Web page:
Far From Home: Conquering Distance as a FamilyThe Silver Lining
With plenty of opportunities available in NCR, quite a few job seekers from the province find themselves entering the market in the metro. This does not come without its own cons; however, most of the time, people end up moving away from their families, only being able to visit them a few times a month. After the onset of the pandemic, we can only imagine how much more challenging this has become.
This has been the case for one of RareJob’s supervisors from the Material Department, Jeninna-II Soliguin. Hailing from Laguna, Ninna shares all about her experience: from moving to NCR back in 2012, how she coped with this during her adjustment period, and even now, during the pandemic.
Into the Concrete Jungle
As soon as I finished my thesis back in October 2012, I started searching for jobs in Metro Manila. I think I’m not speaking only for myself when I say that probinsyanas like me dream of working in the metro, where most of the job opportunities are. At that time, I had no idea how to commute around Metro Manila, so when RareJob invited me for a screening, my dad even had to accompany me to make sure that I didn’t get lost.
When I got accepted at RareJob, I was given one week to process my requirements and to make the necessary preparations before my start date. In that one week, I had to determine where to stay in Quezon City as I was still living in Laguna. Luckily, my brother had an apartment in Kamuning, and he and his housemates let me live with them until I could find another place to stay. At this point, I still haven’t learned how to go around the city. So being the “bunso,” my parents asked my brother to fetch me to and from the office until I learned how to commute on my own. As far as I can remember, it took me two weeks before I could brave the commute.
I started really living independently when I transferred to a dormitory near the office after one month of staying with my brother. On my first night alone, tears were shed (literally). It was my first time living miles away from my family, which was definitely not a walk in the park. It was a lot harder because I was away from my twin sister, who I’m used to doing everything with since childhood.
Away From Home
Looking back, what helped ease my homesickness was my constant communication with my family. A simple text message saying “Kumain ka na ba?” could already make me feel a lot better. I’m also very thankful that technology made it easier for me to connect with my family as much as I want to. I also tried to visit my hometown at least twice a month or as often as I can, which went on until my siblings and I decided to bring our parents to Mandaluyong to live with us.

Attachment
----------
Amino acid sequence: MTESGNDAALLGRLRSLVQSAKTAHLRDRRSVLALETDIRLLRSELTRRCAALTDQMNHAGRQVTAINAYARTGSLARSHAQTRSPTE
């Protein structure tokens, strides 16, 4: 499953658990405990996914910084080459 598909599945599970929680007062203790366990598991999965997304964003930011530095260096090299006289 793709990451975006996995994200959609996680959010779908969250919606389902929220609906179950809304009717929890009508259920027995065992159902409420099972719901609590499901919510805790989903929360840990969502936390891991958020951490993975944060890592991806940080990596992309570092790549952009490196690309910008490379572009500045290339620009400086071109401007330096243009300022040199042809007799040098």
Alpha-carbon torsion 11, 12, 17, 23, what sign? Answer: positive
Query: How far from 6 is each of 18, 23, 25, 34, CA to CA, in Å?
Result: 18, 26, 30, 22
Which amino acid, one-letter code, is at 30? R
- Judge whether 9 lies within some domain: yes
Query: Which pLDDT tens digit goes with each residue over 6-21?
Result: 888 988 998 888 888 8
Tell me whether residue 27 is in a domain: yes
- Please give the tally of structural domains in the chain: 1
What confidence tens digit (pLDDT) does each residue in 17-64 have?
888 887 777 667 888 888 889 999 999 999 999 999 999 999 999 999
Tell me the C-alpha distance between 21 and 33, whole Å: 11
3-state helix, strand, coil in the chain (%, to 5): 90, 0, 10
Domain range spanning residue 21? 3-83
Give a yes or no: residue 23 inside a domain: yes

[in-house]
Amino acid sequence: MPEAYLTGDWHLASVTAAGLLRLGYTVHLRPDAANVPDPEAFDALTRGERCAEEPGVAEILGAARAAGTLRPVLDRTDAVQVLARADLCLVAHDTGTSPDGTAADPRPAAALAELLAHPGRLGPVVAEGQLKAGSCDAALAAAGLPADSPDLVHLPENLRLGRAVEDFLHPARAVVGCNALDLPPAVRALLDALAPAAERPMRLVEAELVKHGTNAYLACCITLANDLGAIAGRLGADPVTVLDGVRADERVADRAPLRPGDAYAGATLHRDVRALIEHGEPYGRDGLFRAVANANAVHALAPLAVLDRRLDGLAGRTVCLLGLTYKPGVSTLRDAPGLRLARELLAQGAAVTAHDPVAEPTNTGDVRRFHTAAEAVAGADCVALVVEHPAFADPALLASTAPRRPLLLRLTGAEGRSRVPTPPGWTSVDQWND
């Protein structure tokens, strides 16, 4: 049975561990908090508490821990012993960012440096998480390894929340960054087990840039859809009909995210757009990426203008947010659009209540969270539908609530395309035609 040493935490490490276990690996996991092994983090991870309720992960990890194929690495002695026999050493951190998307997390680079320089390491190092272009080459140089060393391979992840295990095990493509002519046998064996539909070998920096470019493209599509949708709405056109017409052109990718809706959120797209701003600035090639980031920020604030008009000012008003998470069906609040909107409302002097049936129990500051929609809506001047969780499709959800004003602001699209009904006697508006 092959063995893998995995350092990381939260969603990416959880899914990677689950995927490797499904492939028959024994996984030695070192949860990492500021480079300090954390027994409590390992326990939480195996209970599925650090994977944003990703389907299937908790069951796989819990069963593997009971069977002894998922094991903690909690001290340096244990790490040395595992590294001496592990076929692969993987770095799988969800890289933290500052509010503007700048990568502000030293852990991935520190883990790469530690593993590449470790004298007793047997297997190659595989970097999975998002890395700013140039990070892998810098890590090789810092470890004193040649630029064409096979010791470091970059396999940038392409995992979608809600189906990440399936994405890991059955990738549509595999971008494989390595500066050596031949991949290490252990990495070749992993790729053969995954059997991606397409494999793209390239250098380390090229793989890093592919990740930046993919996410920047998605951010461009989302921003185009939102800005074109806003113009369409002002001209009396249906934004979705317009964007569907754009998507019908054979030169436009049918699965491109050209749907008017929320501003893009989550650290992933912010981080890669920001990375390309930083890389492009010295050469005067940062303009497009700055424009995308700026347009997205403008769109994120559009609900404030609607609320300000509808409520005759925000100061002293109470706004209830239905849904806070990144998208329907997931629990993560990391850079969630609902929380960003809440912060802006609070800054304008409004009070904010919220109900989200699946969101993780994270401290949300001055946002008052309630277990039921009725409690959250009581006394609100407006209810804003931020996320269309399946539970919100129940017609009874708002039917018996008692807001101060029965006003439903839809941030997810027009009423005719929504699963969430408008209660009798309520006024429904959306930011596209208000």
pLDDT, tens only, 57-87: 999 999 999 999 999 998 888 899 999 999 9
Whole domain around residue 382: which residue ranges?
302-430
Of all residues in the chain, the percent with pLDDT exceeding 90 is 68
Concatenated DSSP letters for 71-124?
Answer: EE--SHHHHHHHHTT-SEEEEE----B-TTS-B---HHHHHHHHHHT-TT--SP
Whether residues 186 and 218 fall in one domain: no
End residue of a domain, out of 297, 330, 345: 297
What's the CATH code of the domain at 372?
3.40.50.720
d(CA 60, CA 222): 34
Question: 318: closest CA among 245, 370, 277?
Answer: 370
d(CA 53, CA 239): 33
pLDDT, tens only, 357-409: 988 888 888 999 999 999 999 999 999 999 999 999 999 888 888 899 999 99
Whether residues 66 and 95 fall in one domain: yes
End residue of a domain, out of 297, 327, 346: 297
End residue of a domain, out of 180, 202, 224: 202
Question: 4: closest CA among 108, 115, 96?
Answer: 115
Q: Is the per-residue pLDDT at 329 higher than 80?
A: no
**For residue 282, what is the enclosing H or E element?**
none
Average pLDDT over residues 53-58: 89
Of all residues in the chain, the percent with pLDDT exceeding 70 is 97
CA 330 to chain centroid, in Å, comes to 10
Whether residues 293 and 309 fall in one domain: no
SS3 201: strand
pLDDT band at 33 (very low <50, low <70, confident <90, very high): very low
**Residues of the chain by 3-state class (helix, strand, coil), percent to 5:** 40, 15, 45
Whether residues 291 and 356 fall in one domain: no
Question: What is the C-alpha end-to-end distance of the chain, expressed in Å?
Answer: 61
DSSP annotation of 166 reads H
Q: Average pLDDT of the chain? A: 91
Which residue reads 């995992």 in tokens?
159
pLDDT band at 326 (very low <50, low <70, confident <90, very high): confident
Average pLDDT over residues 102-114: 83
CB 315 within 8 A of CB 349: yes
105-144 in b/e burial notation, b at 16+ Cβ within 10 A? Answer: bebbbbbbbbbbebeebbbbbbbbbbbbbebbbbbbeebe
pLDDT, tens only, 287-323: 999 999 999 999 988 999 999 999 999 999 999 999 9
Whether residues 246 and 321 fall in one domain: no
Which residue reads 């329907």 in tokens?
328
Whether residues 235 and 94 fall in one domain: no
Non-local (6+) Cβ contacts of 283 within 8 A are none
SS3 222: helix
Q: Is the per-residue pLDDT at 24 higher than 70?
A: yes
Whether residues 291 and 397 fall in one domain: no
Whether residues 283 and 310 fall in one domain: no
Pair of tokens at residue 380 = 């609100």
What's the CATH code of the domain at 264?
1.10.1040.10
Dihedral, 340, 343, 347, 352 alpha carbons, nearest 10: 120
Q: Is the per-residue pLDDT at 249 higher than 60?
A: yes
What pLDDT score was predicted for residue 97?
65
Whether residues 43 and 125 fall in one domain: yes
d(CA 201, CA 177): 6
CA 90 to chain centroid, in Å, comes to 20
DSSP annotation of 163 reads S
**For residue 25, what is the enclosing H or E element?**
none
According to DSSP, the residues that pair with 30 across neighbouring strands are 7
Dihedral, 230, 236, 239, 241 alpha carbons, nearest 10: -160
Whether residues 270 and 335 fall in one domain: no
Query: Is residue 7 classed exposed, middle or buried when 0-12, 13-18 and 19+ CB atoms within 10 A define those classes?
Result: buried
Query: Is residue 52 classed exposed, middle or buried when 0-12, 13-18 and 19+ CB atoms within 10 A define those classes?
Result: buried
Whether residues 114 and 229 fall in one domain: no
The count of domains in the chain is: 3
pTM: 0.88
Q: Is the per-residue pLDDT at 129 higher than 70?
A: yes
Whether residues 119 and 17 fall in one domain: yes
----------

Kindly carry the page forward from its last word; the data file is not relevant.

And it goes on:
However, the pandemic happened only less than a year after we moved to Mandaluyong. During that time, my fiancée and I decided to live together in Manila to lessen the risks associated with the commute. As for my parents, we wanted them to go back to Laguna where COVID-19 cases were fewer, but we couldn’t because the government implemented strict lockdown regulations. My parents, being senior citizens, were considered high-risk, so we couldn’t compromise their health.
Some may think that Mandaluyong may be one ride away from Manila, but the pandemic made it a lot harder to visit my family. For one, a strict lockdown was implemented. And second, there was the risk of getting infected by the virus and possibly spreading it among my family members. It was a bit of a struggle because the distance made me miss a lot of things, such as my dad’s cooking and my mom’s way of taking care of me, especially before going to work. The situation also made me miss Christmas celebration because they finally went back to Laguna in November. We were just getting used to being together again, but we needed to go back to living apart because of the COVID-19 situation.
Where the Heart Is
During this difficult time, my fiancée and her family became my support system. They treated me like family; my fiancée and her siblings even jokingly consider me the favorite in the family. Aside from that, they helped me travel back and forth to Laguna to visit and spend time with my family. To further cope with the pandemic, I also continued my hobbies like doing cross-stitch and journaling, which really helped relieve the stress of being away with my family.
Fortunately, travel restrictions are now more relaxed, so it’s easier to go to Laguna. If this doesn’t change, I plan to visit my family at least once a month, of course, still following health protocols like wearing a face mask and face shield for safety purposes. Once the pandemic is over (which I hope will happen soon), I’d like to finally plan a vacation with them – one wherein my parents can unwind and rebound from all the worries and distress caused by COVID-19. And with the availability of the vaccine, I’m hoping that this plan will push through soon.
I know for sure that I’m not the only one enduring the struggle of being away from my family; a lot of you may be experiencing the same thing. All I can say is that in family, distance is just a number. It may sound like a cliché, but for me, it’s true. Now that we have a lot of technologies for communication, utilize those resources to stay close with your family despite the physical distance. At the end of the day, being connected with your family may be your best source of strength and support in these trying times.
A Virtual Hug: Keeping Employees Involved
When I was still planning for college, I honestly did not see myself working as an HR professional because I had other plans in mind. It was my mom’s idea that I pursue a BS Degree in Psychology and go into the Human Resources field, which she believed was the most suitable job for me. I did not understand what she meant at first, but I chose to go for it. As years passed, I came to realize that she was right – I am actually happy with where I am now.